Round 2 Summary by GM Stellan Brynell

GM Stellan Brynell

Photo: Lars OA Hedlund.


With the white pieces in the Catalan, Maurizzi played an ambitious pawn sacrifice, with the idea of getting positional compensation. It looked promising for quite a while, but when Korobov was allowed advance his a-pawn all the way to a3, it was clear that black was better. In time trouble, the advantage grew bigger, and after move 40, Korobov could secure the whole point.


Svidler chose to meet Ju’s 1.d4 with a somewhat provocative d6, g6 and later e5. The position got very complicated, but when Ju could not find any better move than returning her queen to d1 on move 14, Svidler was allowed to seize the initiative. After some nice maneuvering, his pair of bishops dominated the board. He made no mistakes, and could break through white’s defences and secure the win.


After the game had started with 1.c4, the opening quickly turned into the Slav Defense. At move 10, Abdusattorov played the surprising move h4. This had the intended effect, since Erigaisi spent a lot of time calculating the following moves. However, he used his time well. It even looked like Erigaisi had some winning chances, with a strong knight versus white’s bishop, but Abdusattorov managed to break through on the h-file, and Erigaisi had to force a draw by repetition. An interesting game between the two top seeds of the tournament.


In an unusual variation in the Slav Defense, both players seemed to be very well prepared. The first 19 moves were played at lightning speed. Despite the computer evaluating the position as about even, it was obvious that the pressure was on black, who had to find the exact defense against the coming white attack. Grandelius rapidly lost his way. The unfortunate 22.- Qe7 let white advance his d-pawn, and this was all Keymer needed to start a decisive attack. He finished the game with impressive play in a very sharp position.

Round 1 Summary by GM Stellan Brynell

GM Stellan Brynell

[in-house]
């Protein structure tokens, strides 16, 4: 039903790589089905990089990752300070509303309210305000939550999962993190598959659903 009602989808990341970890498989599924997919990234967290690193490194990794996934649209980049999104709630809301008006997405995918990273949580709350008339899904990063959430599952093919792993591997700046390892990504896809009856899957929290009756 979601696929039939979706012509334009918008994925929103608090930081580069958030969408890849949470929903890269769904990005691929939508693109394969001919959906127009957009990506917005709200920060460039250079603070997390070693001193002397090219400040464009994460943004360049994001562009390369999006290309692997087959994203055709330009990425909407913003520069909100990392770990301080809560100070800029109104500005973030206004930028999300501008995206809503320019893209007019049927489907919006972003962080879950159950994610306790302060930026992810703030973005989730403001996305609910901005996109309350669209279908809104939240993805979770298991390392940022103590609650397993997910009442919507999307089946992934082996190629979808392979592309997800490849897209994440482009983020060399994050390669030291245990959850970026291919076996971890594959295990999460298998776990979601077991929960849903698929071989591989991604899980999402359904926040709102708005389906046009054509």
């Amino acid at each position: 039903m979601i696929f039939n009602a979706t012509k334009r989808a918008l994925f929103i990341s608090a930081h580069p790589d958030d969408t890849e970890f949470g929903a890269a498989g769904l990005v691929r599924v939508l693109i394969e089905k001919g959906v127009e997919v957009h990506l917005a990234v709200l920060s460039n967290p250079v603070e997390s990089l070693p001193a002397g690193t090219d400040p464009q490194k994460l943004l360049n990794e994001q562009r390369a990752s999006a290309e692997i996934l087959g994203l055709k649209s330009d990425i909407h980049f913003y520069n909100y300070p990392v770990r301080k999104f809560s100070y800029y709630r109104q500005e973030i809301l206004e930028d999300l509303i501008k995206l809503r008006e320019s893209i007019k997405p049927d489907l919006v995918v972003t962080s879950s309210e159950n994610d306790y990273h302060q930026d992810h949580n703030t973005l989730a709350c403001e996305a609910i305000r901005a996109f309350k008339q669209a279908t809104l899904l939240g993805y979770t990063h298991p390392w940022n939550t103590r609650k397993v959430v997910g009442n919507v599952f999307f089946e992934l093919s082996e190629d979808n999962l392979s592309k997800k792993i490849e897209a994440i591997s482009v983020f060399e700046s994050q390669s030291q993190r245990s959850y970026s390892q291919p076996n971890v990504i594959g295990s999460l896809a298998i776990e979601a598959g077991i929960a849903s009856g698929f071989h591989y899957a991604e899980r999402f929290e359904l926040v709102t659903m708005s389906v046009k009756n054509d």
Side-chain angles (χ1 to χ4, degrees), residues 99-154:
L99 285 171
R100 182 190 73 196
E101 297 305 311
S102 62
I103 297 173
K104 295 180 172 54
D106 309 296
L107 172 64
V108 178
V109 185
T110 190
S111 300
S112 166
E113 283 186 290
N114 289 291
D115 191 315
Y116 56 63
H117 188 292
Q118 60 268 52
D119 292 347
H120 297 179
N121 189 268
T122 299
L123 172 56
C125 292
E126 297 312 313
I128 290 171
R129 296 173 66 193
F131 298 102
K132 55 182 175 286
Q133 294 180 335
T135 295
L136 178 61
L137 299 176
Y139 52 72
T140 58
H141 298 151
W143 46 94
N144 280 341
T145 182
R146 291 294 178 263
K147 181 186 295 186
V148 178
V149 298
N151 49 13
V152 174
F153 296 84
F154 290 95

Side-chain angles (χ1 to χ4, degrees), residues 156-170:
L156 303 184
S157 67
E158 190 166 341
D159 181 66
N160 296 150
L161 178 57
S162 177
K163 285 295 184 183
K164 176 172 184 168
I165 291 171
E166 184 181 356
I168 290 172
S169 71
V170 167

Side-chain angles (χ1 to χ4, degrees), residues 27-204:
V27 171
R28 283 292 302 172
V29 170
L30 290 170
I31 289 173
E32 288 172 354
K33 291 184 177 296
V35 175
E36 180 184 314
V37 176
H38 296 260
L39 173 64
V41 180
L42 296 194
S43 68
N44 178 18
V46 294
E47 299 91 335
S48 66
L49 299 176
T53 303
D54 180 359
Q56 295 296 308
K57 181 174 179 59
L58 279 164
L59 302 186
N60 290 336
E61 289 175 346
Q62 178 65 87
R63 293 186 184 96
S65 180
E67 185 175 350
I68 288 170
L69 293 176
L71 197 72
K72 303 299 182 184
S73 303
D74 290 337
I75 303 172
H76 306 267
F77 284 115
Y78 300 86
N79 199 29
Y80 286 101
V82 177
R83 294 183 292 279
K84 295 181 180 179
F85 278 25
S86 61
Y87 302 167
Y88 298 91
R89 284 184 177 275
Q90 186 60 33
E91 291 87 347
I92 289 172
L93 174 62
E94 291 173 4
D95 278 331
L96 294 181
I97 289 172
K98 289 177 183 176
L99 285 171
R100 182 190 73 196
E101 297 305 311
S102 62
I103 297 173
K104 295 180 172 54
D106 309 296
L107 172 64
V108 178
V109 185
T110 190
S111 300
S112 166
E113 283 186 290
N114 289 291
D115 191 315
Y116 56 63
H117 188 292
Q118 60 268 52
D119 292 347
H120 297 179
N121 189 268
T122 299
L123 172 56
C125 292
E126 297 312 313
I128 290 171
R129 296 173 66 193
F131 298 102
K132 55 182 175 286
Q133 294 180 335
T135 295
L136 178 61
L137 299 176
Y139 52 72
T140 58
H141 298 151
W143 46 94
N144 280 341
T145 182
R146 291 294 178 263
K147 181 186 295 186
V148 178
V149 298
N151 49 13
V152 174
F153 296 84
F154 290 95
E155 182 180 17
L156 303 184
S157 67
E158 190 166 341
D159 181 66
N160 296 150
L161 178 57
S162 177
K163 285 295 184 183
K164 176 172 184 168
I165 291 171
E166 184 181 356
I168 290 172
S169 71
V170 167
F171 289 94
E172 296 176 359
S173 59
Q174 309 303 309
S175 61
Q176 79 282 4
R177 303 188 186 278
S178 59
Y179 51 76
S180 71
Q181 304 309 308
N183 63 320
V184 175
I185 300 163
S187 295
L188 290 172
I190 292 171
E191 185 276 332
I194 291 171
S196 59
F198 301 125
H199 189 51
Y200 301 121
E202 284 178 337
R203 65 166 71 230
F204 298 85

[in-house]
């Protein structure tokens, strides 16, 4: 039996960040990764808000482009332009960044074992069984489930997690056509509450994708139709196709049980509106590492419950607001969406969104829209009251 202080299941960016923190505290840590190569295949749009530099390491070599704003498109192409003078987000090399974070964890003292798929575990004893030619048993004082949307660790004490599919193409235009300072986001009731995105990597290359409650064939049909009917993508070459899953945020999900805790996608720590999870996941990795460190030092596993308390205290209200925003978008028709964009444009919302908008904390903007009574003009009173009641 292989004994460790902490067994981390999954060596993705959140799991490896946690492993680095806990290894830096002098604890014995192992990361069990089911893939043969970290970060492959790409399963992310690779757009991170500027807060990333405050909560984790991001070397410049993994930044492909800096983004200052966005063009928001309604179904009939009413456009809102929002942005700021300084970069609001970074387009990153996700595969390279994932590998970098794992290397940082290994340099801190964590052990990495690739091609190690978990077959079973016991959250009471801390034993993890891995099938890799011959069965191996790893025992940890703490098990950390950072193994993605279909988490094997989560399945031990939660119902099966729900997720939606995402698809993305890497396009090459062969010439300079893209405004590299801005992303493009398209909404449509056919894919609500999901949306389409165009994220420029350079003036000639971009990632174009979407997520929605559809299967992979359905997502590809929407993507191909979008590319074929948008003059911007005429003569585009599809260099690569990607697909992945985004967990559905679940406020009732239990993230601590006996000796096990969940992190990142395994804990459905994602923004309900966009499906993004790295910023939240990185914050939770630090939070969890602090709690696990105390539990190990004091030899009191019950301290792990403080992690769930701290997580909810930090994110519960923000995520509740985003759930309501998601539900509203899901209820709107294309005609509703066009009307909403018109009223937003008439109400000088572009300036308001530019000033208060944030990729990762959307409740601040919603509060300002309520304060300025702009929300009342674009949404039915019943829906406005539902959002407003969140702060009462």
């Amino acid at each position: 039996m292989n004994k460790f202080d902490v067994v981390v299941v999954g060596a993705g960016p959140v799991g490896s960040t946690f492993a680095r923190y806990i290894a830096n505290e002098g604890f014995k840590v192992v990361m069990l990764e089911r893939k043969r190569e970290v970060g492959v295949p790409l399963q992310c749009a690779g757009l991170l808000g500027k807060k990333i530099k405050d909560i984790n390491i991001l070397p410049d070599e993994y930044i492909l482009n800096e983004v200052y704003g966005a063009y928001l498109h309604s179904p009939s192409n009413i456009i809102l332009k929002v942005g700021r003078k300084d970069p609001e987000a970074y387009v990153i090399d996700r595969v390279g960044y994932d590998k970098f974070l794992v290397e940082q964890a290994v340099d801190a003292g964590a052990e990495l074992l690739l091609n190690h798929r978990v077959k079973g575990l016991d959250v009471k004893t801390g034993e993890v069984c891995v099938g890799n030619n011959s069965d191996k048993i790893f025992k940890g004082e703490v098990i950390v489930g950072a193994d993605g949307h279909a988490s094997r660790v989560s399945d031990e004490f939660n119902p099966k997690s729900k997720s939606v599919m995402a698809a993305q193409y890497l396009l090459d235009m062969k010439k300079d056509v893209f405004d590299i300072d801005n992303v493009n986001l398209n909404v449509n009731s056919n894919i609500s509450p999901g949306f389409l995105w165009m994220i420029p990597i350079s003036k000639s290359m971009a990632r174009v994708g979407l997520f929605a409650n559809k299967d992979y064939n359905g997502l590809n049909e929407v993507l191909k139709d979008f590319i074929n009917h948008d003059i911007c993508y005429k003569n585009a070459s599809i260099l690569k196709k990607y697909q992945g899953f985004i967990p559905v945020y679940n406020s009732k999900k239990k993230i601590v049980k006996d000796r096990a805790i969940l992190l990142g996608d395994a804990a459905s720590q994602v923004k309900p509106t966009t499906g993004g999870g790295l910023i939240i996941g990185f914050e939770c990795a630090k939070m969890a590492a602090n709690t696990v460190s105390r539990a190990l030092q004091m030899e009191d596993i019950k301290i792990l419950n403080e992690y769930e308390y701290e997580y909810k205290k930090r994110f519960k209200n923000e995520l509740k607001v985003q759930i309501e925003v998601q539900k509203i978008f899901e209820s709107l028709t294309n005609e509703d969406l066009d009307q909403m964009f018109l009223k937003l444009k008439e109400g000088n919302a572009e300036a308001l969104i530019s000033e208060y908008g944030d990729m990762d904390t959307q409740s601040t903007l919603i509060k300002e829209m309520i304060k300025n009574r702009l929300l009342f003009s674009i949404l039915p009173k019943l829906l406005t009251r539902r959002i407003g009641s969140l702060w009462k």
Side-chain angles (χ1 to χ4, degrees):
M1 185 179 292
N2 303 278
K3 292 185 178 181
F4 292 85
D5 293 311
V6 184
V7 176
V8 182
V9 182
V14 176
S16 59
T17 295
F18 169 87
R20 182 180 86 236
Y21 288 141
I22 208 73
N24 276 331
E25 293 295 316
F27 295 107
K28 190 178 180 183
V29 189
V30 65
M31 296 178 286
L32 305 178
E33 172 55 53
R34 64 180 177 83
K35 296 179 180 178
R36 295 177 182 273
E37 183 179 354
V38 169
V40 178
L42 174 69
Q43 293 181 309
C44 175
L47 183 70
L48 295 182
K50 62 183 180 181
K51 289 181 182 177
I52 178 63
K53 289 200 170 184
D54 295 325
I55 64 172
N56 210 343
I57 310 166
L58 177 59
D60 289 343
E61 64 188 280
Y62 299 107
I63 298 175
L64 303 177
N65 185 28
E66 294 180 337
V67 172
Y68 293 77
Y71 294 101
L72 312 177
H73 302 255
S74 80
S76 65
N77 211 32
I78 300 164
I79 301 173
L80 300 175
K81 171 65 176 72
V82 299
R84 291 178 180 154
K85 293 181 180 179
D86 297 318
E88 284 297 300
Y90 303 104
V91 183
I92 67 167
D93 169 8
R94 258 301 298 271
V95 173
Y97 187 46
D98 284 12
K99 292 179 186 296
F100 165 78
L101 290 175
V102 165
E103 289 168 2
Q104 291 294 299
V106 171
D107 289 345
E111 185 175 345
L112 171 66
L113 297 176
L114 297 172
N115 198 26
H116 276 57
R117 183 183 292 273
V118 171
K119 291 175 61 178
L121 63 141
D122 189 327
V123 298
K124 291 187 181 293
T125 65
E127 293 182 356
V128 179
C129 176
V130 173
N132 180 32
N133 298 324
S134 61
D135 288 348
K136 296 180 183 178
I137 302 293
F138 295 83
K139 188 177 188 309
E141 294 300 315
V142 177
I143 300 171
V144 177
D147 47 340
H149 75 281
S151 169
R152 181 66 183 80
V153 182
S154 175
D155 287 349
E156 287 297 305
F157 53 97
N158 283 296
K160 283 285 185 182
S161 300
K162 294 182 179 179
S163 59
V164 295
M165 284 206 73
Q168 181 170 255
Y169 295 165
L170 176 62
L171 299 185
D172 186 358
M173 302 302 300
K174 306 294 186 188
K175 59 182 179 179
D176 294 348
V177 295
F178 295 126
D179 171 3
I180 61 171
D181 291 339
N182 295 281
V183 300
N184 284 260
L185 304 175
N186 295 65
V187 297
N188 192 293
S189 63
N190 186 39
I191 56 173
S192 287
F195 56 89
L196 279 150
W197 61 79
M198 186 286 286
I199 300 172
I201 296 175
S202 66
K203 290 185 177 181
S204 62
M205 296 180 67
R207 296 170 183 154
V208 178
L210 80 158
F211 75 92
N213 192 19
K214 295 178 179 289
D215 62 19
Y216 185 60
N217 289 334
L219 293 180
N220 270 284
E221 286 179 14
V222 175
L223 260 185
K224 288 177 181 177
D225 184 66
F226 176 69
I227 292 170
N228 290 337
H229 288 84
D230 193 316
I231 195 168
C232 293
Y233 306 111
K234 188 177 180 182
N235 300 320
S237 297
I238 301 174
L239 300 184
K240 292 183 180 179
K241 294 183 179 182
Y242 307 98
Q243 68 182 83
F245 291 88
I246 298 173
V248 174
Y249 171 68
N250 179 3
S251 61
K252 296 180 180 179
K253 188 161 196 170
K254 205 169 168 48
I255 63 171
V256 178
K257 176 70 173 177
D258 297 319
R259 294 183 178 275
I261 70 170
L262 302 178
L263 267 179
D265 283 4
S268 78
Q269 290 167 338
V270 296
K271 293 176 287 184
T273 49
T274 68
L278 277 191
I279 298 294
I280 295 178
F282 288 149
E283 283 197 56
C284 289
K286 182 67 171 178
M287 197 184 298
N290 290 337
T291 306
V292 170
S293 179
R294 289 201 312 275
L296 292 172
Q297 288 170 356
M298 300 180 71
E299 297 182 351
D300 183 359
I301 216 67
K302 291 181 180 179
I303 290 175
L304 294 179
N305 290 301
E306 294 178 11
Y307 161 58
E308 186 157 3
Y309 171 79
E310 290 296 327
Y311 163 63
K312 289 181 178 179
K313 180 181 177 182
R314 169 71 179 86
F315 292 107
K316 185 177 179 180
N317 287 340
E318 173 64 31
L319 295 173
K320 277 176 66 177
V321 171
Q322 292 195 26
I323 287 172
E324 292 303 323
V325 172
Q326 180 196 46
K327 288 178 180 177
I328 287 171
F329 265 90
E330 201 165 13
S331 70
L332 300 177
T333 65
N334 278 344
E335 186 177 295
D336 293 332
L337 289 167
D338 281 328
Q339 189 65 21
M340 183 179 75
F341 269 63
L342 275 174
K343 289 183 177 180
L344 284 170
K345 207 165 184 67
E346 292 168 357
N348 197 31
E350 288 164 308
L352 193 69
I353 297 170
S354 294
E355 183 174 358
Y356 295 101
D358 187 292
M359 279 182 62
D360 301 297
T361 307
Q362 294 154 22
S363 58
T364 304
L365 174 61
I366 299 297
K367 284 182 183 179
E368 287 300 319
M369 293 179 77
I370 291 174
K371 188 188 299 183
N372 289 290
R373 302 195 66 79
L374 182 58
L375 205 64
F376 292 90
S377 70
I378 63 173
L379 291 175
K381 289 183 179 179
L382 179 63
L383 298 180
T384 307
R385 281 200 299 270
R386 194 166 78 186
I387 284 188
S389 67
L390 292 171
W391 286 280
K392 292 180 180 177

Photo: Lars OA Hedlund.


Semi-Slav, Moscow variation. Maurizzi sacrificed a pawn and the game became very sharp, and Keymer used a lot of time. White then played 15.g4, which was a little over-optimistic. This allowed Keymer to open the long diagonal with 15.- c5. After this, black was clearly better. White continued his attack, but Keymer defended with impressive accuracy. Maurizzi resigned at move 30.


English opening. The position was long balanced. It looked like Abdusattorov had created some chances with his strong c-pawn, but at move 34, he lost the pawn on b6 when he tried to avoid a draw by repetition. Another mistake in time trouble made him lose the c-pawn as well. This allowed Korobov to safely secure the entire point.


Grunfeld fianchetto version. The game rapidly became very sharp, when Ju sacrificed the exchange with 12.- cxd4. This move has only been played once before, and then with Ju behind the white pieces! The first novelty move was 15.Qb3. (Ju herself played 15.Nc7.) Erigaisi looked to have a promising position for a long time, but it was not until 19.- exf6 that his advantage became big. Black would have had good chances of holding things together with 19.- Bxf6, for example 20.Nd5 Nc5 followed by Ne6. Erigaisi could now force a number of simplifications with Qb5, and after that, he had no problems winning the endgame.


With the black pieces in the Italian Opening, Grandelius soon had a good position. Through the maneuver Nf6-h7-g5, he got promising chances along the f-file. Svidler managed to exchange the dark-squared bishops, but instead, his queen ended up in awkward position on the queenside. Nils did not find any good way of exploiting this, and Svidler wiggled his way out of the grip, and after 40 moves, the players agreed to a draw.

Drawing of lots

The drawing of lots have taken place. In the first round, we have:

Maurizzi – Keymer
Korobov – Abdusattorov
Erigaisi – Ju
Svidler – Grandelius